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Original scientific paper

Ida Hitrec, Ana Knežević, Milorad Pupovac, Martina Sekulić Sović, Ivana Simeon, Department of linguistics, Faculty of Humanities and Social Sciences, Zagreb

 

Abstract

As semantic deficits are considered to be the basis of cognitive difficulties in schizophrenia,
including language and thinking, manifesting themselves as idiosyncratically organised semantic
memory, it is understandable that the language of people suffering from schizophrenia captured
the interest of linguists who, depending on the linguistic level observed, noticed semantic,
syntactic and pragmatic deficits of the disease. However, the majority of linguistic studies of
schizophrenia were conducted on English speakers. The present paper is a first study of this
type conducted on a patient who is a native speaker of Croatian and it is intended as a starting
point for future, more extensive research that would contribute to a better understanding of
deficits and allow for a more precise differential diagnosis of the disorder.
The paper gives a detailed overview of the case study that was conducted on a female
schizophrenic patient currently undergoing treatment for schizophrenia at the University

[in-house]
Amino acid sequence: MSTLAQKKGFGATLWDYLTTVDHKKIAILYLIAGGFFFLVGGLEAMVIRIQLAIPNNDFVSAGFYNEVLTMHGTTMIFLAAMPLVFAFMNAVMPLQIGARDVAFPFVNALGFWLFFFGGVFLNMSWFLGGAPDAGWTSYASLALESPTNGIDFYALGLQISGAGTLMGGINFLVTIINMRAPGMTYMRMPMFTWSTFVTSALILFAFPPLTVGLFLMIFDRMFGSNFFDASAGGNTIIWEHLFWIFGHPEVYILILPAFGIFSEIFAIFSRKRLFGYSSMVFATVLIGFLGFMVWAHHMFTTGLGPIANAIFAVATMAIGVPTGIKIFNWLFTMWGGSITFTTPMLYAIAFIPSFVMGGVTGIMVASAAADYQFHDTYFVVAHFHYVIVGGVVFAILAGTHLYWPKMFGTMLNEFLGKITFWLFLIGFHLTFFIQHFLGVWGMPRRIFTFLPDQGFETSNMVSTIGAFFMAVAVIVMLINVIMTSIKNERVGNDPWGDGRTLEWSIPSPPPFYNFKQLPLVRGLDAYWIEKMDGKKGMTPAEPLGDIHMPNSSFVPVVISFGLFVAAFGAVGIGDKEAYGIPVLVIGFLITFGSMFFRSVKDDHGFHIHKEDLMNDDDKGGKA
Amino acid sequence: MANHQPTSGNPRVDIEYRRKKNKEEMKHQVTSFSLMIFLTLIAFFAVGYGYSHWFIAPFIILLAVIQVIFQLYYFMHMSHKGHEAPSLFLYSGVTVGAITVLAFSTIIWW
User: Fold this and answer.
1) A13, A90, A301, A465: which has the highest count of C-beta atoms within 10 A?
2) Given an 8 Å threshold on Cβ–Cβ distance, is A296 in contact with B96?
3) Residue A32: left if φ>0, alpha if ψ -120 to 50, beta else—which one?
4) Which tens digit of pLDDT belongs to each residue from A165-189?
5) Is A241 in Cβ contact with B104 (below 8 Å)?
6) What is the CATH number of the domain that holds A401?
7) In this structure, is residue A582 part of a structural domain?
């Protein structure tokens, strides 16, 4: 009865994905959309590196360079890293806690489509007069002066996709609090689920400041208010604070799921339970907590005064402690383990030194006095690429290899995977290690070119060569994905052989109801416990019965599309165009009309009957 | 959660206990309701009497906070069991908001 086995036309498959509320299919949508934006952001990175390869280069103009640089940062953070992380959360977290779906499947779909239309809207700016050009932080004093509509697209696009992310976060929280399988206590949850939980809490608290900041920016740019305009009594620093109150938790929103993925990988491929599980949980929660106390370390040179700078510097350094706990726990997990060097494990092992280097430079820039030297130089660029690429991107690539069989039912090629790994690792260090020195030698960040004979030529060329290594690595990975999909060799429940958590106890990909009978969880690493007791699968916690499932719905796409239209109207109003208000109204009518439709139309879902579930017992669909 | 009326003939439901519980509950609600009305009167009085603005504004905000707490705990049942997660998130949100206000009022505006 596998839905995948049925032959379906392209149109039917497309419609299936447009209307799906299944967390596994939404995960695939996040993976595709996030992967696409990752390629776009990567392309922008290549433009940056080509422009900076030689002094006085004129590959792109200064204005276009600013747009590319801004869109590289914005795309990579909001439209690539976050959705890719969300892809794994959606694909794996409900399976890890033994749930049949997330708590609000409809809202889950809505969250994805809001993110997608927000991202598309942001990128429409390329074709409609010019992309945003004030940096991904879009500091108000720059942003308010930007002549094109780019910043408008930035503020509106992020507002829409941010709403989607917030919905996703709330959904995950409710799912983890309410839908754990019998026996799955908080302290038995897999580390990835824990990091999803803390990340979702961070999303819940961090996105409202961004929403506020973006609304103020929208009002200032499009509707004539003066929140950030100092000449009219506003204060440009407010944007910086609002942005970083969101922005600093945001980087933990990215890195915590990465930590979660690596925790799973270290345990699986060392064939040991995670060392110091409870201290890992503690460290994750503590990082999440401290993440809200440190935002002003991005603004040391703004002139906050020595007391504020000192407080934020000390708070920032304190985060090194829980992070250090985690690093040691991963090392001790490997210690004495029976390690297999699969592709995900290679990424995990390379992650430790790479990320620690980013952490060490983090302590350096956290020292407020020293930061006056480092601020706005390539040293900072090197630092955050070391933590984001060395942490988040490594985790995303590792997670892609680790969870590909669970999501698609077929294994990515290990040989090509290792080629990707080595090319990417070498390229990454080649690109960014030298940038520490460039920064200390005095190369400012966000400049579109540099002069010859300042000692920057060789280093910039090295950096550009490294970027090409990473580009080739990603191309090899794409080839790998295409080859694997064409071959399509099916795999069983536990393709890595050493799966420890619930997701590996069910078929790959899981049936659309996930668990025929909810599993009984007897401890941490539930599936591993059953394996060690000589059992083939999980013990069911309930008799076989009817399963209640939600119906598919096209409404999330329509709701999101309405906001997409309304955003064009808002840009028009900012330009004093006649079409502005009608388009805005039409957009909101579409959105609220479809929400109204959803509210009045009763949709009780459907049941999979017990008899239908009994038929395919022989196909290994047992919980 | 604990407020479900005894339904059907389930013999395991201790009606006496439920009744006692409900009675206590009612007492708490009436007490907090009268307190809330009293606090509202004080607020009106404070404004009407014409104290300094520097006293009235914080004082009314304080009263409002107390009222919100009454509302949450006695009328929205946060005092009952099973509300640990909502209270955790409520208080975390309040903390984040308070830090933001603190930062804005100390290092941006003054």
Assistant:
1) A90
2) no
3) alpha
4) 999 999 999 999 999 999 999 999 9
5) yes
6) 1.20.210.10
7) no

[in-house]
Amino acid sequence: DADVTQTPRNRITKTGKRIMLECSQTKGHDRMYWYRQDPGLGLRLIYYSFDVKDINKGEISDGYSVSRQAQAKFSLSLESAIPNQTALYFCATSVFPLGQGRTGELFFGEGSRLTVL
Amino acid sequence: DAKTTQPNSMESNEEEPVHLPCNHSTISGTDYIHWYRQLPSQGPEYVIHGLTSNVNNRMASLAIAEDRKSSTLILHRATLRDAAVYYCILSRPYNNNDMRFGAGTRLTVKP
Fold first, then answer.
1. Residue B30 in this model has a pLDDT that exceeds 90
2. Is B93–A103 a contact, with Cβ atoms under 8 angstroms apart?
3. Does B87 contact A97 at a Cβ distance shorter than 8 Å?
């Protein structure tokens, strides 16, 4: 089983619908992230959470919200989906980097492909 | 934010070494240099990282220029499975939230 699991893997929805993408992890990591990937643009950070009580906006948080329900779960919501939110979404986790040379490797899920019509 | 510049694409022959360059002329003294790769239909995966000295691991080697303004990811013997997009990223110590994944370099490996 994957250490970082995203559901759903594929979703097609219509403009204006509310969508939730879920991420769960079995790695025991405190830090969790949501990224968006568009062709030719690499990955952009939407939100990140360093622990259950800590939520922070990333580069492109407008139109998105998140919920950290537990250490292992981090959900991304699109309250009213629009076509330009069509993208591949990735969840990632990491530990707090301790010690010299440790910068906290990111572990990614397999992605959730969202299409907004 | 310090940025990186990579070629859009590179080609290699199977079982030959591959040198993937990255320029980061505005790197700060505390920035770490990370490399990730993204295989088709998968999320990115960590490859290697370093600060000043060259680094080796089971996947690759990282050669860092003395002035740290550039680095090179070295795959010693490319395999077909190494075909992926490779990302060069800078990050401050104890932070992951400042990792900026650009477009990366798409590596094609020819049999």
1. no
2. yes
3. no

Psychiatric Hospital Vrapče in Zagreb. The patient’s spontaneous speech was analysed at the
phonological, morphological, syntactic, semantic and pragmatic levels. The patient’s discourse
exhibited primarily pragmatic errors, with the patient failing to manage context in a pragmatically
appropriate way and to suppress irrelevant context. Disintegration of the deictic frame was also
observed.
The analysis of our patient’s speech reveals several symptoms which are consistent with the
phenomena observed in earlier studies on English–speaking schizophrenic patients, including
derailment, loss of goal, tangentiality and thought blocking. The paper provides an in–depth
exploration and discussion of selected segments of the patient’s discourse and, in conclusion,
gives an outline of the implications for future research.

 

Keywords

schizophrenia, thought/language disorder, linguistics, discourse analysis, context

 

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